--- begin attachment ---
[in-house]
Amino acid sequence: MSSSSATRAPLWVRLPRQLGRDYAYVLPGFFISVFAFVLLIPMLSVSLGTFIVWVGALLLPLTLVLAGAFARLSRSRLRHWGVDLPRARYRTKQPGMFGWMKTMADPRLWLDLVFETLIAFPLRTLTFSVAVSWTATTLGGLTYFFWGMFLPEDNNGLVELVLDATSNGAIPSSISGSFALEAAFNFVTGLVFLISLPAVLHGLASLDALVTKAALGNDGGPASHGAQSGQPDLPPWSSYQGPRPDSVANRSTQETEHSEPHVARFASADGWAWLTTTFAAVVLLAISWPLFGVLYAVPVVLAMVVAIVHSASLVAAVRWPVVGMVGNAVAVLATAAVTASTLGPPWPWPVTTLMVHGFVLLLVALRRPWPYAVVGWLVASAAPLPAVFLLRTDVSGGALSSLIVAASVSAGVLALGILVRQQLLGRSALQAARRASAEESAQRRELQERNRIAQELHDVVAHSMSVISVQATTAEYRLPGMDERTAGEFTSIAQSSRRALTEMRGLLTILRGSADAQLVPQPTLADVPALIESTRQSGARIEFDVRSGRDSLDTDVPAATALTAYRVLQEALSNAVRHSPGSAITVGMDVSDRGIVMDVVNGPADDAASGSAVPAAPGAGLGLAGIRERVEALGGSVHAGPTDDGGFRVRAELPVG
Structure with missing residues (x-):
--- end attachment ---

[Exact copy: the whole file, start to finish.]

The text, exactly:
[in-house]
Amino acid sequence: MSSSSATRAPLWVRLPRQLGRDYAYVLPGFFISVFAFVLLIPMLSVSLGTFIVWVGALLLPLTLVLAGAFARLSRSRLRHWGVDLPRARYRTKQPGMFGWMKTMADPRLWLDLVFETLIAFPLRTLTFSVAVSWTATTLGGLTYFFWGMFLPEDNNGLVELVLDATSNGAIPSSISGSFALEAAFNFVTGLVFLISLPAVLHGLASLDALVTKAALGNDGGPASHGAQSGQPDLPPWSSYQGPRPDSVANRSTQETEHSEPHVARFASADGWAWLTTTFAAVVLLAISWPLFGVLYAVPVVLAMVVAIVHSASLVAAVRWPVVGMVGNAVAVLATAAVTASTLGPPWPWPVTTLMVHGFVLLLVALRRPWPYAVVGWLVASAAPLPAVFLLRTDVSGGALSSLIVAASVSAGVLALGILVRQQLLGRSALQAARRASAEESAQRRELQERNRIAQELHDVVAHSMSVISVQATTAEYRLPGMDERTAGEFTSIAQSSRRALTEMRGLLTILRGSADAQLVPQPTLADVPALIESTRQSGARIEFDVRSGRDSLDTDVPAATALTAYRVLQEALSNAVRHSPGSAITVGMDVSDRGIVMDVVNGPADDAASGSAVPAAPGAGLGLAGIRERVEALGGSVHAGPTDDGGFRVRAELPVG
Structure with missing residues (x-):